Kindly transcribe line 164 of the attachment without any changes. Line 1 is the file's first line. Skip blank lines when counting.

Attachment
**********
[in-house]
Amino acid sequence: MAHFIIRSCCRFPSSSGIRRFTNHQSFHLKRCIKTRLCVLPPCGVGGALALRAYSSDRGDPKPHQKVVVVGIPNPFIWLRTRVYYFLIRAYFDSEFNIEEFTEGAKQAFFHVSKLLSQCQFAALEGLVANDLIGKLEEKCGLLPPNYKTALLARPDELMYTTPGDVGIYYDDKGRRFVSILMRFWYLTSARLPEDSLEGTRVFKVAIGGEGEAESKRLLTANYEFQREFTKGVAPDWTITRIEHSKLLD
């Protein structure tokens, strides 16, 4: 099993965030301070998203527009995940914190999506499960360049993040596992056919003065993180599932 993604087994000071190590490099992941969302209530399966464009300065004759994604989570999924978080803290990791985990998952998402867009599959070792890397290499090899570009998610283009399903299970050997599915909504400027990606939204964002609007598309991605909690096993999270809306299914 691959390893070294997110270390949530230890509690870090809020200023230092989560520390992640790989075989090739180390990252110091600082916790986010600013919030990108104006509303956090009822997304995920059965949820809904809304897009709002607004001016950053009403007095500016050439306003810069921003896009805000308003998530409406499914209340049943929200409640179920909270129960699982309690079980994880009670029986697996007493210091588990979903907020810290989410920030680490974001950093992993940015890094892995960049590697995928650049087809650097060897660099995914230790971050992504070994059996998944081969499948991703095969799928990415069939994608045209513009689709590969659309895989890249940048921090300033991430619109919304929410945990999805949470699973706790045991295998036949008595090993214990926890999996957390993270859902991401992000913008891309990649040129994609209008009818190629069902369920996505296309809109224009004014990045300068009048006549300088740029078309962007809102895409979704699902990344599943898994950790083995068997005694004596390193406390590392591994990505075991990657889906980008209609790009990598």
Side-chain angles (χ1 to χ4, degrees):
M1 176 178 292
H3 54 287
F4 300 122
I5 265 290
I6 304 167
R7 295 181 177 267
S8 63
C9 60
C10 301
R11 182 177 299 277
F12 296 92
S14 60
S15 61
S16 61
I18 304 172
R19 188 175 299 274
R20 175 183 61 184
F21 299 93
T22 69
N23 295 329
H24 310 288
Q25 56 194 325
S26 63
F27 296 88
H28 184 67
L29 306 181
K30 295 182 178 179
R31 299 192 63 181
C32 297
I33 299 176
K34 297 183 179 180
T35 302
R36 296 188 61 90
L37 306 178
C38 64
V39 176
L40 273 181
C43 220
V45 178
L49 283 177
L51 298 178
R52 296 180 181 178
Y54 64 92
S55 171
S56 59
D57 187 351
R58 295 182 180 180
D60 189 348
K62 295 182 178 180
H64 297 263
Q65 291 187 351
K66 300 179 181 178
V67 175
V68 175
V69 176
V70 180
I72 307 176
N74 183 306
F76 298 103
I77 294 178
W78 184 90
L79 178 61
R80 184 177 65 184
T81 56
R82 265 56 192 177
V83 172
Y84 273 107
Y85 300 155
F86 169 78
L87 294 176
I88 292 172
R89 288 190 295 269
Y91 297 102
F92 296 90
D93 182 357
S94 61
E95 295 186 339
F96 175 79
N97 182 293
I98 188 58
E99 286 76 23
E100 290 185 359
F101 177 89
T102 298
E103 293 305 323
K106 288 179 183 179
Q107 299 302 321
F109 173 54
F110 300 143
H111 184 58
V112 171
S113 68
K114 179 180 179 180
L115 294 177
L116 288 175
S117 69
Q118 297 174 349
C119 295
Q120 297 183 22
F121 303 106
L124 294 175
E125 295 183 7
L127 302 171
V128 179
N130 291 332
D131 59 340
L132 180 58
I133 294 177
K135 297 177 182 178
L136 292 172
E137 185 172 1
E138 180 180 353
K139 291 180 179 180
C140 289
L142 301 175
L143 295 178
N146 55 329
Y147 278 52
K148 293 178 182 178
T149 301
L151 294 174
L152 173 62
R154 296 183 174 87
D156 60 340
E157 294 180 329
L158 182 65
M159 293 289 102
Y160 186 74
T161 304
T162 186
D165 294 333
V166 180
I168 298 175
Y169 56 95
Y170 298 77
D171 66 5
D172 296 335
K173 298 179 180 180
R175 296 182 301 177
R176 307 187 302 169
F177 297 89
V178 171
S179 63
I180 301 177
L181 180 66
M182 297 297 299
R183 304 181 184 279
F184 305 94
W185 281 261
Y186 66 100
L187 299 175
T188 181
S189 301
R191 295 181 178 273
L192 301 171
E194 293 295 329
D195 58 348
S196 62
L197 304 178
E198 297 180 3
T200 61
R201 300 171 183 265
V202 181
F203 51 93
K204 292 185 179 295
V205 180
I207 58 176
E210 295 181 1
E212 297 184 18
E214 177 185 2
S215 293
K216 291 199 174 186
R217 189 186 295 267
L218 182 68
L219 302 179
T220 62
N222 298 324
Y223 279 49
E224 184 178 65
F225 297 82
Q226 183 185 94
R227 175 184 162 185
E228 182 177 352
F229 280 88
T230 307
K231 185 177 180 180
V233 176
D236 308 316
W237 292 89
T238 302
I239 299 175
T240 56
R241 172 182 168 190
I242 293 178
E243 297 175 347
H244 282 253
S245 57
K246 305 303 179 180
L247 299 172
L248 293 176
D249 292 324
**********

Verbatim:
E198 297 180 3